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Office of Human Resources

Compensation Services


FLSA Exemption Status Information

The content below summarizes information related to exemption status covered under the Fair Labor Standards Act. For official information, please visit the Department of Labor's website.

In addition to the summary information provided below, click here to download the "Determining FLSA Exemption" flowchart.

Summary

For an employee to be considered to be exempt, the employee must be compensated on a salary basis (as defined in the regulations) at a rate not less than $455 per week. Salary is not pro-rated by FTE.

Executive Exemption

  • The employee's primary duty must be managing the enterprise, or managing a customarily recognized department or subdivision of the enterprise;
  • The employee must customarily and regularly direct the work of at least two or more other full-time employees or their equivalent; and
  • The employee must have the authority to hire or fire other employees, or the employee's suggestions and recommendations as to the hiring, firing, advancement, promotion or any other change of status of other employees must be given particular weight.

Administrative Exemption

  • The employee's primary function must be to perform office or non-manual work that is directly related to the management or general business operations of the employer or the employer's customers; and
  • The employee's primary duty includes the exercise of discretion and independent judgment with respect to matters of significance.

Learned or Creative Professional

  • The employee's primary duty must be to perform work requiring advanced knowledge, defined as work which is predominantly intellectual in character and which requires the consistent exercise of discretion and judgment;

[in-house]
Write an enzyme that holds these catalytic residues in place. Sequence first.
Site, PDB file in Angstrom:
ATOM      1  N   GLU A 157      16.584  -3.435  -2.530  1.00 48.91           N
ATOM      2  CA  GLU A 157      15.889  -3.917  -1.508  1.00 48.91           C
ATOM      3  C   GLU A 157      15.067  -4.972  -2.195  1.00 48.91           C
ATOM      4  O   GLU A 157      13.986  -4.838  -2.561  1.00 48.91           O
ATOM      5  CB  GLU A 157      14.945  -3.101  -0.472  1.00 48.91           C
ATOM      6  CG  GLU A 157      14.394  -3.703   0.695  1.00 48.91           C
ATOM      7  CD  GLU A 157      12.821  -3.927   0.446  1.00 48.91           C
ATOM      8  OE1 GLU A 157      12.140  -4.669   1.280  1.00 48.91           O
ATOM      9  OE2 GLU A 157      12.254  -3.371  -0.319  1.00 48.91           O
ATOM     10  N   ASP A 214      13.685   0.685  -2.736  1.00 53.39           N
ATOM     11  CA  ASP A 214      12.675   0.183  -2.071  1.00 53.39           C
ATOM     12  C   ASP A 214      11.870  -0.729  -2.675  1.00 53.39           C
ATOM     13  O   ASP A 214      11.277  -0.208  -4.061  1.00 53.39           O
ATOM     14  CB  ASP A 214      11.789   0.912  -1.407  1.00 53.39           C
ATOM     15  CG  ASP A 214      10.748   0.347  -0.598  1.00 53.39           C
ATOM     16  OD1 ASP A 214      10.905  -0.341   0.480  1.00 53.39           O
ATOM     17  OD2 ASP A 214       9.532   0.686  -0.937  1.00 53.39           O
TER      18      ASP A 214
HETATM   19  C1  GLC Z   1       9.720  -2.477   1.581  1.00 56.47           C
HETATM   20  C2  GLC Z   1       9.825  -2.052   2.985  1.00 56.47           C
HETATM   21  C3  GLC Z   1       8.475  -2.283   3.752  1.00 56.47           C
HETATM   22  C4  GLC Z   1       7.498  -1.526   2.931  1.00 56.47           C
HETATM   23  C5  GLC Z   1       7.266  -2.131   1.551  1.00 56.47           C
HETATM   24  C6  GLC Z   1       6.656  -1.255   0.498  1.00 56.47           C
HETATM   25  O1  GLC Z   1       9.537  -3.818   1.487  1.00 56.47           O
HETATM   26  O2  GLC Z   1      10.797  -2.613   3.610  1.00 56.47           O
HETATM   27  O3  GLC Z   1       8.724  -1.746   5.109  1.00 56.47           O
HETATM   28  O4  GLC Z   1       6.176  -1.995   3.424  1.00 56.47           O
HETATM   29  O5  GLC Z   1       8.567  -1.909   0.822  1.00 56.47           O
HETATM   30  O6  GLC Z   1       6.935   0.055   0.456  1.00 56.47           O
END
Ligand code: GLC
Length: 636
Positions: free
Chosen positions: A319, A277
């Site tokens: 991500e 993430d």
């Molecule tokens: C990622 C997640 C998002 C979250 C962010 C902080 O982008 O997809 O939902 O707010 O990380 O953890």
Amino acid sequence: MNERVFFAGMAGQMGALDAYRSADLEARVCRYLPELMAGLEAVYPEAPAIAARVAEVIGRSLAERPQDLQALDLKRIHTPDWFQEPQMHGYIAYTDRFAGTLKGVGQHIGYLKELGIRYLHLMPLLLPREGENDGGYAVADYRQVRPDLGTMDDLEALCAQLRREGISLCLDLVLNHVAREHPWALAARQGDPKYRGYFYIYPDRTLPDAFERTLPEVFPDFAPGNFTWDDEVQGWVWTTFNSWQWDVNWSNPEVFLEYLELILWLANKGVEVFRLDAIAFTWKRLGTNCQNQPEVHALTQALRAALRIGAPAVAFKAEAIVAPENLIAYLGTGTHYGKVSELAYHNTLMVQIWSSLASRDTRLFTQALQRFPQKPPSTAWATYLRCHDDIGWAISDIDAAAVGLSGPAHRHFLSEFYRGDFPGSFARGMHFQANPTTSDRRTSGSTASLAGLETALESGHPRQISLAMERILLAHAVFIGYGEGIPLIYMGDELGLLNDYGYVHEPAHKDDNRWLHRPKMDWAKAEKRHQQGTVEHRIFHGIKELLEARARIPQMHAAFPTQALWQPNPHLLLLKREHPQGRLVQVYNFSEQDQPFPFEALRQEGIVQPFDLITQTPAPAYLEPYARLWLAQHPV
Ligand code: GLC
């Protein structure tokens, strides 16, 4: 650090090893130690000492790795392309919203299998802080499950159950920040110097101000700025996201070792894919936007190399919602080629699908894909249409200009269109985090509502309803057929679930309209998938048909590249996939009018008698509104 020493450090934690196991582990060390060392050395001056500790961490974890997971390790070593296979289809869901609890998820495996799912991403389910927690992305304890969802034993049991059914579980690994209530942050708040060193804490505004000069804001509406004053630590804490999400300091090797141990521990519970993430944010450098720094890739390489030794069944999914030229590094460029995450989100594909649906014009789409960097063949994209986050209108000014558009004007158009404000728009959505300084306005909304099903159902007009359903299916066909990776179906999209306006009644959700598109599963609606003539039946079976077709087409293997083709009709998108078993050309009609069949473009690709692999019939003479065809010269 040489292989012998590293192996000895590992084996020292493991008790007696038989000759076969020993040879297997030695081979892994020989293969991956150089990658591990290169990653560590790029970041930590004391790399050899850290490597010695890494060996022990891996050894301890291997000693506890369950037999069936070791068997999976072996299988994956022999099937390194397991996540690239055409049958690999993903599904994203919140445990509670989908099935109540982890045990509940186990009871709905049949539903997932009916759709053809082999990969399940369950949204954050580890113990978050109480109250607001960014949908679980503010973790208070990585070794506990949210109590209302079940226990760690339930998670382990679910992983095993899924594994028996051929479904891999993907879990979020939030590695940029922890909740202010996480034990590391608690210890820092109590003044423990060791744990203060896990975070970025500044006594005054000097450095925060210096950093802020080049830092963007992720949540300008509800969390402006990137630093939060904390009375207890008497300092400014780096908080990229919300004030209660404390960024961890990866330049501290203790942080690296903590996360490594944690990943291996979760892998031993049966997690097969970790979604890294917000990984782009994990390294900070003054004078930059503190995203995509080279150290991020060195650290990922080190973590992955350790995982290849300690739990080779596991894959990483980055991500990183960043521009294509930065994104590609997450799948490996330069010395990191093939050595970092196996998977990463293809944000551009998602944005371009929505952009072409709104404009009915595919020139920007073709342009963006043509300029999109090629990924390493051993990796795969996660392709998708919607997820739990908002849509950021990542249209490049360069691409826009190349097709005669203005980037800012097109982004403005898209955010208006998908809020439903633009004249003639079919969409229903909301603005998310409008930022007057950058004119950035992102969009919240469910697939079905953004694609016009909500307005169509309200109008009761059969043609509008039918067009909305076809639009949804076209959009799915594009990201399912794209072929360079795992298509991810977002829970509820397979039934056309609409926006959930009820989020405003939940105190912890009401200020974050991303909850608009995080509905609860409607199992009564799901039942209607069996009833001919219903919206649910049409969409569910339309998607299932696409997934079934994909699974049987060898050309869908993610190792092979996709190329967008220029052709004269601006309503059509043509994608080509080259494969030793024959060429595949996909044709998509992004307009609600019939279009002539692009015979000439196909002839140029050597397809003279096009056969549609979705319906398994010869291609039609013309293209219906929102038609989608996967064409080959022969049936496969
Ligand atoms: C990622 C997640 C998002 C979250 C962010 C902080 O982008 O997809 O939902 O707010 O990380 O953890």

• The advanced knowledge must be in a field of science or learning, such as law, medicine, nursing, accounting, actuarial computation, engineering, education, and various types of physical, chemical, and biological sciences; and
  • The advanced knowledge must be customarily acquired by a prolonged course of specialized intellectual instruction.
  • The employee's primary duty must be to perform work requiring invention, imagination, originality or talent in a recognized field of artistic or creative endeavor, such as music, writing, acting, and the graphic arts.

Computer Professional Exemption:

  • The employee must be compensated either on a salary or fee basis (as defined in the regulations) at a rate not less than $455 per week or, if compensated on an hourly basis, at a rate not less than $27.63 an hour;
  • The employee must be employed as a computer systems analyst, computer programmer, software engineer, or other similarly skilled worker in the computer field; and,
  • The employee's primary duty must consist of:
  • The application of systems analysis techniques and procedures, including consulting with users, to determine hardware, software or system functional specifications;
  • The design, development, documentation, analysis, creation, testing or modification of computer systems or programs, including prototypes, based on and related to user or system design specifications;
  • The design, documentation, testing, creation, or modification of computer programs related to machine operating systems; or
  • A combination of the aforementioned duties, the performance of which requires the same level of skills.

Highly Compensated Employees

  • Employees performing office or non-manual work and who are paid total annual compensation of $100,000 or more (which must include at least $455 per week paid on a salary or fee basis) are exempt from FLSA overtime regulations if they customarily and regularly perform at least one of the duties of an exempt executive, administrative, or learned or creative professional employee identified in the standard tests for exemption.

Outside Sales Exemption

To qualify for the outside sales employee exemption, all of the following tests must be met:
  • The employee's primary duty must be making sales (as defined in the FLSA), or obtaining orders or contracts for services or for the use of facilities for which a consideration will be paid by the client or customer; and
  • The employee must be customarily and regularly engaged away from the employer's place or places of business.